Meet Abou Bassel. He and his wife and their seven children enjoyed a middle-class life in Syria until warfare forced them to flee.

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THE typical route Syrian refugees take across the Aegean Sea from the Turkish coast to the Greek island of Khíos is four nautical miles — less than half the distance from Seattle to Bainbridge Island, a ferry ride that takes me about 40 minutes and costs less than $10.

A crossing to Khíos usually takes place in the dead of night and can cost $1,500 a person — a sum paid to a human trafficker who provides an overcrowded rubber raft, a life jacket and a compass heading. The fittest male is directed to man the outboard motor.

It’s a decision borne of desperation that can cost them their lives.

I had the opportunity to spend the week before Thanksgiving staying with refugees in Greece and Lebanon. And while I returned thankful to live amid peace and plenty, I came home doubly convicted how desperate the situation remains — and how remarkable these people are.

As CEO of Medical Teams International, I have the privilege of working directly with partners on the ground in many parts of the world, including Khíos and Lebanon’s Bekaa Valley, where 1 million Syrians remain in a seemingly endless holding pattern.

Two of our partners, International Orthodox Christian Charities and Apostoli, are working around the clock in Greece to address the suffering. One of the ways they are helping is by distributing hygiene kits Medical Teams’ volunteers have assembled and filled with personal necessities, such as shampoo, toilet paper and diapers. Families arrive with little more than the shirts on their backs — so everyday items are greatly appreciated.

These are families like the one led by my new friend, Abou Bassel. He and his wife, along with their seven children, enjoyed a middle-class life in Syria until the pressures of war and terrorism became untenable. They left and ended up in the Bekaa Valley, where they settled in a makeshift community with thousands of other families and made plans to return home one day. When that hope was lost, they gave their savings to their eldest son — a responsible 24-year-old Syrian who fits the “profile” some so fear — to make the crossing and work his way north to Scandinavia. He arrived last month and his responsibility is now to finish his education, get a job and send for his family.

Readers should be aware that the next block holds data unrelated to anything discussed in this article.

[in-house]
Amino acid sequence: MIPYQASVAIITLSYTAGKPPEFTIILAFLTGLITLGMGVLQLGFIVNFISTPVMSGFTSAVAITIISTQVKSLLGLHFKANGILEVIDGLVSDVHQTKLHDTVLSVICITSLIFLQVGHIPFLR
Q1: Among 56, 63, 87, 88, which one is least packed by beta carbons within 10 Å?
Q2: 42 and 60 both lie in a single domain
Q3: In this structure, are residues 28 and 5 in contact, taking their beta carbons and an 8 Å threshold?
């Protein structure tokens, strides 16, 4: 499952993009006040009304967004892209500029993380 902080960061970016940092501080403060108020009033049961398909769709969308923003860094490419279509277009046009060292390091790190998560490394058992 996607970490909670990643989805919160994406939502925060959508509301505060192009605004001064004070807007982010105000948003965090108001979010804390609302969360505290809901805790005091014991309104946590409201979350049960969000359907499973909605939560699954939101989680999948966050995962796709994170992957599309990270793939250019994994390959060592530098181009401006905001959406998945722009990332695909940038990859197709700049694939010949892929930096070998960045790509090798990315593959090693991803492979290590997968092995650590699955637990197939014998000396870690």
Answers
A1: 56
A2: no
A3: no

This young man is his family’s last, best hope.

Abou Bassel and his family didn’t choose to be refugees — it was violently thrust upon them.”

It’s important to remember Abou Bassel and his family didn’t choose to be refugees — it was violently thrust upon them. More than 11 million Syrians — including 5 million children — have fled their homes to escape the violence and create new lives. Living conditions in the settlements are bad and deteriorating dramatically, forcing refugees to adopt extreme measures to cope, including returning to the war zone they fled or risking their lives crossing to Europe. Tragically, since the death of young Alan Kurdi, the little boy whose photograph captured world attention, dozens more children have drowned attempting to get to Europe.

And piling tragedy upon tragedy, the bloodshed and killings in Paris have complicated the dialogue even further, fanning the fires of exaggerated fears but also compelling us to face the situation head on.

In doing so, we must remember our distinct American tradition to welcome those in need, especially refugees. We must not allow our critically important attention to national security to become an excuse for not maintaining an opened-arms posture to legitimate refugees — some of whom are victims of atrocities most of us can only imagine. We can and should do both.

In the midst of such overwhelming struggle, I am heartened to know there are ways people who care can respond. Many nongovernmental organizations, including Medical Teams International and others from the Pacific Northwest, are on the ground providing support. In this season of celebration and goodwill, we can all help by logging on, donating and knowing that assistance is on its way to help our global neighbors like Abou Bassel and his family.